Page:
And energy levels are pretty low for a few months after that. Yes – perhaps working with new folk, in a new environment possibly, new stakeholders can drive a person onwards. There is an element of excitement to that that brings its own energy and drive. But the reality is that, unless critical outcomes are already integrated into the new organisation’s processes and priorities BEFORE merger, the chances are they won’t happen. Executives won’t have the energy.
Which is why the successful mergers are ones where the post-merger moments are pre-identified, planned for and integrated into the organisation BEFORE merger.
It sounds obvious, doesn’t it; but so often it is lacking. Even amongst the most management-skilled organisations. Size, too, doesn’t matter! Organisations large and small; known and less well-known; driven and failing – ask them about their magic merger moments (or rather ‘what will be the proofs of success in the post-merger organisation’) and most times a blank look ensues. Try it. Ask them. The ones who didn’t have to think of them post merger are the ones with the biggest chance of the merger fulfilling all they planned.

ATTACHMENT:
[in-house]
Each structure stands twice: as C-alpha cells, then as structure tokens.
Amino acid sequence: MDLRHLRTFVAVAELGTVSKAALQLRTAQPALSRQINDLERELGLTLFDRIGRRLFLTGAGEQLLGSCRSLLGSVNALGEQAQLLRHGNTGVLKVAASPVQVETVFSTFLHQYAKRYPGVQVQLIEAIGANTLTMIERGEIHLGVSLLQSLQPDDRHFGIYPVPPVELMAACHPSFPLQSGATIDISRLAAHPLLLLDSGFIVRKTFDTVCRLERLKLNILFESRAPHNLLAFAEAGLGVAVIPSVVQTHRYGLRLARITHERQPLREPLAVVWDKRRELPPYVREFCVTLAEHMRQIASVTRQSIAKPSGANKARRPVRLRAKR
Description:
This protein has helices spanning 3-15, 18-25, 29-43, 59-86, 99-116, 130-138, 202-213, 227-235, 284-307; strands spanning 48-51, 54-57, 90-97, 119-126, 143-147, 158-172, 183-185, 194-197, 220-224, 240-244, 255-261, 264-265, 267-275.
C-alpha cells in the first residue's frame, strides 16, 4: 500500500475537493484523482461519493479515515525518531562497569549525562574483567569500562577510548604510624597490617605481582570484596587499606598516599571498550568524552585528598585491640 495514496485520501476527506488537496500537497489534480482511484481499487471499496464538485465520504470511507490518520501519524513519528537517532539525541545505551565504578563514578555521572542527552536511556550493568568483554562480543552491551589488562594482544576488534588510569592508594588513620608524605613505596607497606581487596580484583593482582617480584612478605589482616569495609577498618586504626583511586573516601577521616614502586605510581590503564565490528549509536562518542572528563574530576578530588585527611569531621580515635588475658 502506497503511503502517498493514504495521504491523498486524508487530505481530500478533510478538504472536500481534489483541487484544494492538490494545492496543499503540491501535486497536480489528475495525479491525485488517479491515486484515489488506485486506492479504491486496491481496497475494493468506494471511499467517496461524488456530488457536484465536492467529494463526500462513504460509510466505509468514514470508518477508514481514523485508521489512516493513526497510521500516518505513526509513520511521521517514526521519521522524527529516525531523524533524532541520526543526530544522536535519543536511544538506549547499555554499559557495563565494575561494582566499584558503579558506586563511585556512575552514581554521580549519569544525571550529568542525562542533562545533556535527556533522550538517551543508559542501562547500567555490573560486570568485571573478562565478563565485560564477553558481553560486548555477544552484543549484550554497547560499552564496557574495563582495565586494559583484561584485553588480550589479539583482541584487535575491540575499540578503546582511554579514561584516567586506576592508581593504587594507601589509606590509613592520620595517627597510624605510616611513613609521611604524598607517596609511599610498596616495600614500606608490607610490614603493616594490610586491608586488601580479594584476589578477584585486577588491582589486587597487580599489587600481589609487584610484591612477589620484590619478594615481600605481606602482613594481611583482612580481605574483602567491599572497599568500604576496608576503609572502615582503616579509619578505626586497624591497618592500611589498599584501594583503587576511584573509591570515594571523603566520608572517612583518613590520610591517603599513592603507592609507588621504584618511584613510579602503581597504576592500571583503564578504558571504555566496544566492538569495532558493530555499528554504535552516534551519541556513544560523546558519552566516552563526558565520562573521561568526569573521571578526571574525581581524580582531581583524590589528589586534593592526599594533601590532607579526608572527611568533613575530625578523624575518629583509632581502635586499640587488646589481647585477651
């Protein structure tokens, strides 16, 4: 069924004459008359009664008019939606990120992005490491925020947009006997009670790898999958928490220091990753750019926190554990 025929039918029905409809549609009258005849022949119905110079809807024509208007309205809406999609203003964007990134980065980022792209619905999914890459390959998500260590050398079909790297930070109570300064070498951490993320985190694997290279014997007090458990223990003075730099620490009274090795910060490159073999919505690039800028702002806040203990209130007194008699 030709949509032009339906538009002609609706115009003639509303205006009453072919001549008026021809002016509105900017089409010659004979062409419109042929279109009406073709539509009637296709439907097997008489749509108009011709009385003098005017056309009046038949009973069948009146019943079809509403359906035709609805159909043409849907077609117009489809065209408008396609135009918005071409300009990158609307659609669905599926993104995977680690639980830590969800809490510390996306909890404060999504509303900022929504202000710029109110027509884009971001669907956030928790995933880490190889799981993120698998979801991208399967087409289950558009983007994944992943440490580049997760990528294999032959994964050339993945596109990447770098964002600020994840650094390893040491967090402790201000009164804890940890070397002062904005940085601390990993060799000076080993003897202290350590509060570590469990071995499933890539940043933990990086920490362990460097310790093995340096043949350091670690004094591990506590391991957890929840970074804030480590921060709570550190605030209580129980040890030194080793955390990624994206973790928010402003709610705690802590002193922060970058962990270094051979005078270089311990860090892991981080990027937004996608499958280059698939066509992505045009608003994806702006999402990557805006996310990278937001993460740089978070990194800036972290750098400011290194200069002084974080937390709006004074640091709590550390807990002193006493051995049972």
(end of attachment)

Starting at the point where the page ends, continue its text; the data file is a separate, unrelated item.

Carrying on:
Your magic merger moments could be:
- That all staff are happy using skype (or whatever the integrated new system is) – how will you measure that post-merger? In other words, a recognition that real merger happens when staff ‘feel’ as one. Listen for the use of the word ‘we’. Plan for it BEFORE merger. How will you make that happen?
- That your post-merger income begins to grow. After all, most mergers see a downturn in income post-merger for a period of time. Plan for when the upturn needs to happen and be prepared to use metrics that demonstrate that over time. Plan for that loss and upturn magic merger moment BEFORE merger.
- That all stakeholders increase their relationship levels (be they clients/suppliers/the bank/donors/investors) POST merger. All too often key stakeholders are left out of the equation when planning a merger. Plan PRE-MERGER for their approval and continued and growing involvement with the new organisation.
I could go on. Every organisation is different. The project plan will look different. The priorities will differ. The comms plan will vary. But what every organisation must plan for is ‘what will success of this merger look like?’ Identify those Magic Merger Moments BEFORE merger and plan for them. Integrate them into your project plan.